URBAN: Jake, that's completely unfair, Ana.

CABRERA: Which part, that you like him?

URBAN: No, that's completely unfair.

I think Ed Gillespie. I think he is a great candidate. But I don't like that tone, and I think it's unfair for you to say that. CABRERA: No, no, no. I'm saying the Ed Gillespie that...

URBAN: I think Ed Gillespie is a great candidate.

MOOK: Well, I think what it will prove is that the Republican Party is winning through racism and bigotry.


TAPPER: I want to ask about that, because there was this ad that Ana was just referring to by -- it wasn't by the Northam campaign, but a group supporting Northam, that had a pickup truck with a Confederate Flag chasing down little children of color.

It was widely decried by newspapers, including newspapers that supported Ralph Northam and were opposed to Ed Gillespie. And I guess there is the argument can it backfire on Democrats if you basically suggest everybody that is thinking about supporting the Republican is a racist?

BAKARI SELLERS, CNN CONTRIBUTOR: Well, one, I actually didn't care for the ad. Coming from South Carolina, where we have the Lee Atwater, where know about Willie Lynch and those type of ads. We have seen the campaign that Ed Gillespie has run, one that does prop of fear in white nationalism and some other things that have been relatively vile.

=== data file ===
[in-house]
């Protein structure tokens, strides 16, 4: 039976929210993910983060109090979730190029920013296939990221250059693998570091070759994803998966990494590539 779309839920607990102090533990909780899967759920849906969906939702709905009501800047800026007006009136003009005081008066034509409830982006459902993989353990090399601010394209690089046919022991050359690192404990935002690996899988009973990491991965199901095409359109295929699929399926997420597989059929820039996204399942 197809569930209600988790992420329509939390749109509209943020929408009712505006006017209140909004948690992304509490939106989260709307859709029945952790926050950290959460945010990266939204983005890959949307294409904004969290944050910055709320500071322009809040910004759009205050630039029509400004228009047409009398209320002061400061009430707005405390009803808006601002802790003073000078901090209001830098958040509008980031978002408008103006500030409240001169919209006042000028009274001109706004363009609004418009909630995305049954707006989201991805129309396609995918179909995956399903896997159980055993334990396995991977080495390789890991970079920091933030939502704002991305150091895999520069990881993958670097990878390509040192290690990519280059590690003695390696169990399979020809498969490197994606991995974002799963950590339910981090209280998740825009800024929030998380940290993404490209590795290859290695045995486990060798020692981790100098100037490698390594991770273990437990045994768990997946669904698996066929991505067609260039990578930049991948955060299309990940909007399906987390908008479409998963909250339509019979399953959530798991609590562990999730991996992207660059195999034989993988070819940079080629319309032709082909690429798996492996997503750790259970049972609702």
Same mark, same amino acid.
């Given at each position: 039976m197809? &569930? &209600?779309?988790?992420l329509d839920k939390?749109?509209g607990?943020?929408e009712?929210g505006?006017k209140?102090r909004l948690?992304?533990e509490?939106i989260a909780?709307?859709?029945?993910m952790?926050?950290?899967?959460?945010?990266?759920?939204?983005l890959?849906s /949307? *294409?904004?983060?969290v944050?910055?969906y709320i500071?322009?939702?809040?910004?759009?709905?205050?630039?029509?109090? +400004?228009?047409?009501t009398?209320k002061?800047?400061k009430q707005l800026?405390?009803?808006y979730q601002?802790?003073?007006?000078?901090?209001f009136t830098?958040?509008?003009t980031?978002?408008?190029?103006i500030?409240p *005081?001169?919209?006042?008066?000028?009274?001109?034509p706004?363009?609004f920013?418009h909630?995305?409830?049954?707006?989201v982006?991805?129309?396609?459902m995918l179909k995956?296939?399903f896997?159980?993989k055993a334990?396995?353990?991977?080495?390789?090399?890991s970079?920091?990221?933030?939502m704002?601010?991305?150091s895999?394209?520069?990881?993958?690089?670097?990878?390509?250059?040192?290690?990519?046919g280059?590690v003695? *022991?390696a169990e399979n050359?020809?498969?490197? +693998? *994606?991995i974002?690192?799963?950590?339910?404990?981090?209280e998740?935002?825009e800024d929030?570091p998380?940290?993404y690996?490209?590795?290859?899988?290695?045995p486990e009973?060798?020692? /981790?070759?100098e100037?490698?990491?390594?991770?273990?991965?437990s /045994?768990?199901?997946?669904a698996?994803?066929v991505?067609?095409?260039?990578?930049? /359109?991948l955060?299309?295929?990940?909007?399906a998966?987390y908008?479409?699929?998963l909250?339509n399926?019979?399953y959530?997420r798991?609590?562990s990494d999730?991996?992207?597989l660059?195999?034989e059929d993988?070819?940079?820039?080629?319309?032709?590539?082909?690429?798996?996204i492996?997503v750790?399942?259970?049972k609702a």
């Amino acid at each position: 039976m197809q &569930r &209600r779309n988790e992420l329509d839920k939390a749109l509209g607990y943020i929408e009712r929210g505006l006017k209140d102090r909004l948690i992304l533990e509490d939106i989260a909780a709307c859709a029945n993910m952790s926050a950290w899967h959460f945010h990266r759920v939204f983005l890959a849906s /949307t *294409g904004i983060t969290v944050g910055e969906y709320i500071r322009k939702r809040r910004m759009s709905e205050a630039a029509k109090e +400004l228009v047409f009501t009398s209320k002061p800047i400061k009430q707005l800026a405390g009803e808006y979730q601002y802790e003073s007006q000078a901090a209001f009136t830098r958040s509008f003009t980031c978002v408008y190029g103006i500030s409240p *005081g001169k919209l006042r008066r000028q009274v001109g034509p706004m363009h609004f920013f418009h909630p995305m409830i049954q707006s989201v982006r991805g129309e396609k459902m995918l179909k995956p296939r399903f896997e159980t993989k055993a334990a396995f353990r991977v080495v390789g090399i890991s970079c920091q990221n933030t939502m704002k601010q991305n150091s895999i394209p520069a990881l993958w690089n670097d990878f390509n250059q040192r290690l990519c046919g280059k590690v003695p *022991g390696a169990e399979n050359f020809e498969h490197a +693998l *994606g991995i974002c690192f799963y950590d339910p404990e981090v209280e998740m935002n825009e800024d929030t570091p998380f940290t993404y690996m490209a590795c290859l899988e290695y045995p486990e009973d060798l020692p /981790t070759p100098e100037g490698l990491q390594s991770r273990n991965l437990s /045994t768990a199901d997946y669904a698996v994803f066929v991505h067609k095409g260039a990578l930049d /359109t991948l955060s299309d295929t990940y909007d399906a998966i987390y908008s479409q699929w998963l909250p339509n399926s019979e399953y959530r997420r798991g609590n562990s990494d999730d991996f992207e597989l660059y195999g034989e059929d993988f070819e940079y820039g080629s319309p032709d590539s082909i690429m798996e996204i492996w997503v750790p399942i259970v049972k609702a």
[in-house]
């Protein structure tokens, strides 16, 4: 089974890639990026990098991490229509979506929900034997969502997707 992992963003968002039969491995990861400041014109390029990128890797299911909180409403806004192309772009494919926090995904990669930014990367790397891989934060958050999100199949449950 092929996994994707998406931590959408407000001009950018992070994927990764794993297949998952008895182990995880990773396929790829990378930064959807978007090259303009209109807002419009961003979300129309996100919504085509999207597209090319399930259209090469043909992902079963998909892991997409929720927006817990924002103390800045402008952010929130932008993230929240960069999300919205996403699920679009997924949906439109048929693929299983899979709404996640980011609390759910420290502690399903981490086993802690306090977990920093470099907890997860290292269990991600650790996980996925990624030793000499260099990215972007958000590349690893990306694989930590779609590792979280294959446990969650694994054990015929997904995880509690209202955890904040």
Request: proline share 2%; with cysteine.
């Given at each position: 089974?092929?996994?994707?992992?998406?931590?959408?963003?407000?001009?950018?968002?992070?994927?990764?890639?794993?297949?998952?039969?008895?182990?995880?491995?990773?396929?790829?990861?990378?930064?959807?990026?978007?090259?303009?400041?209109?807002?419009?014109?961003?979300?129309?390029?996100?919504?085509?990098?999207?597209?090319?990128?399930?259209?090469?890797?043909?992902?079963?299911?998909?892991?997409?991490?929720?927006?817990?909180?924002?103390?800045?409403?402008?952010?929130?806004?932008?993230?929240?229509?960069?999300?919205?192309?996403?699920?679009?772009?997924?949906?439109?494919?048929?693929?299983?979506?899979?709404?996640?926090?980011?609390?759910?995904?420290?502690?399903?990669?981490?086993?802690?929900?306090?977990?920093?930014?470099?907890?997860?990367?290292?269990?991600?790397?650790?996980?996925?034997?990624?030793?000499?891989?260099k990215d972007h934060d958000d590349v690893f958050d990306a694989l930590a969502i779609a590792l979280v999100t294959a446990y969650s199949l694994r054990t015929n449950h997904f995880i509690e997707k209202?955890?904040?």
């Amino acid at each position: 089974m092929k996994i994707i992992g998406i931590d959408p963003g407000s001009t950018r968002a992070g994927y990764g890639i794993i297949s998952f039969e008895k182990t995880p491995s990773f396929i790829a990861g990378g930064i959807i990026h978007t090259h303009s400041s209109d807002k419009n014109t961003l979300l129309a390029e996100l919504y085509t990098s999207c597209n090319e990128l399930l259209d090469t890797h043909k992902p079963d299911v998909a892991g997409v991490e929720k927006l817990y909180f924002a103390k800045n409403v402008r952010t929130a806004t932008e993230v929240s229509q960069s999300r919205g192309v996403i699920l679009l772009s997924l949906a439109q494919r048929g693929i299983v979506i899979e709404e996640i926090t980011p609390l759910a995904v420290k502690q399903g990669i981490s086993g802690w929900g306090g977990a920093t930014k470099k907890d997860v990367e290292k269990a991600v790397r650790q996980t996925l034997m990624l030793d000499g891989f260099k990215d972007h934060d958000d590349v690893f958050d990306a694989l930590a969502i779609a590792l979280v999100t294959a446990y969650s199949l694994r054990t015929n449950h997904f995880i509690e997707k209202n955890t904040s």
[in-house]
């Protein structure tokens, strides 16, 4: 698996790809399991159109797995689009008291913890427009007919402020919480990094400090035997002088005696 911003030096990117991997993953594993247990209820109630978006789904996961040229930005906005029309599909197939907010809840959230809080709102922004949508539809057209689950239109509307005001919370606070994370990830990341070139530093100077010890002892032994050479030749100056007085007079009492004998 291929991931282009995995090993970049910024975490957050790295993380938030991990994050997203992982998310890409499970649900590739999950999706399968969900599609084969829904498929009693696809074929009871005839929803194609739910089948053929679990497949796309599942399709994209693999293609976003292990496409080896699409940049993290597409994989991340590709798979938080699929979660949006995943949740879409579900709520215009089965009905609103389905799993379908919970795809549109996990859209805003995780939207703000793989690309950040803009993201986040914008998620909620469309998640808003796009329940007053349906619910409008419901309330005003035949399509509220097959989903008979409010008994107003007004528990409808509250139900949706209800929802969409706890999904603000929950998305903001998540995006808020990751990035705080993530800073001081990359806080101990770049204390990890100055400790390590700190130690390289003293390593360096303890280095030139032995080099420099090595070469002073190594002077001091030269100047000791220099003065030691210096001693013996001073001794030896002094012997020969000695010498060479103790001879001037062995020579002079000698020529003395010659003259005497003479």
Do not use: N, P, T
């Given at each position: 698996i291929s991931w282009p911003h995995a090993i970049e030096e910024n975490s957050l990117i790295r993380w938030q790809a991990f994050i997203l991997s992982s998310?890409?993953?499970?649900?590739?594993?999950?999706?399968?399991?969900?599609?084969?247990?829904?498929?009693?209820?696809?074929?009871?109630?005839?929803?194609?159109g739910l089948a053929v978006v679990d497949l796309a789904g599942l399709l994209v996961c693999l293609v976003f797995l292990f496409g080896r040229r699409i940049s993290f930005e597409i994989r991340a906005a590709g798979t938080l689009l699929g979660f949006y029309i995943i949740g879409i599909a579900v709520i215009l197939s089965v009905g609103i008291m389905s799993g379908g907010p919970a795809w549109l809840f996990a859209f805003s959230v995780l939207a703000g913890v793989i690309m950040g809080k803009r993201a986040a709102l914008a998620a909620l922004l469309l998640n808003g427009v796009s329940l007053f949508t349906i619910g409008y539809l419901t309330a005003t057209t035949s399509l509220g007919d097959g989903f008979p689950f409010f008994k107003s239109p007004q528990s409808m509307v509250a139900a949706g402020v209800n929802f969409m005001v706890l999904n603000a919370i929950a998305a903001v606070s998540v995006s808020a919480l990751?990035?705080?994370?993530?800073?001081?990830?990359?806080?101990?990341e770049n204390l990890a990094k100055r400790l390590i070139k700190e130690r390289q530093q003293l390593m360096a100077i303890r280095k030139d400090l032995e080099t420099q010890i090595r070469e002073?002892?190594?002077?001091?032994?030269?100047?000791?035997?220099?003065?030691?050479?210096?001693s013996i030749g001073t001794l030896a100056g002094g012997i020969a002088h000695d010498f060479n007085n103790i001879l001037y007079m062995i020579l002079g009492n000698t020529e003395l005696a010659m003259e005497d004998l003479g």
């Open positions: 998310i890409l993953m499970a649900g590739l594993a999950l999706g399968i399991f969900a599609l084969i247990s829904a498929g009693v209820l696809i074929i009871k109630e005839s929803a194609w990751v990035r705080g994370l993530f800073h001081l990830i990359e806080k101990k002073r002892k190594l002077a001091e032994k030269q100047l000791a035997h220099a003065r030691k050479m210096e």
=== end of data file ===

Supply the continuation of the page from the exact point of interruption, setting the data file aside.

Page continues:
This ad fell into that same trap. However, I will say that I don't think that this ad will do damage to Ralph Northam.

One of the things that Robby didn't take credit for is, amazingly enough, in 2013, they actually got the same, if not slightly higher turnout from African-Americans that Barack Obama did in 2012. It was one of the first times that's ever happened.

Hopefully, we see that same type of turnout today. But one thing that is going to happen and one thing that we're seeing in the Democratic Party as we're having growing pains is that Ralph Northam has not run the best campaign. Leaving Justin Fairfax, the lone African-American, off the mail piece was not conducive to victory.

TAPPER: The lieutenant governor candidate.

SELLERS: The lieutenant governor candidate.

But I think that you're going to see African-Americans still come out in these large numbers, not to vote for Ralph Northam, per se.

CABRERA: But the point is just what is so important, because I have been amazed in these last few days to see the level of circular firing squad that's going on in the Democratic Party...

SELLERS: Oh, yes.

CABRERA: ... in the closing days of such an important campaign. You saw DAF going after Northam. You have seen a lot of debate.

TAPPER: You mean Democracy for America.


CABRERA: Democracy for America, a progressive group.

You have seen a lot of DNC debate-related activity within the Democratic Party. And I'm thinking to myself, my gosh, if one year of Donald Trump can't unify these folks, what can?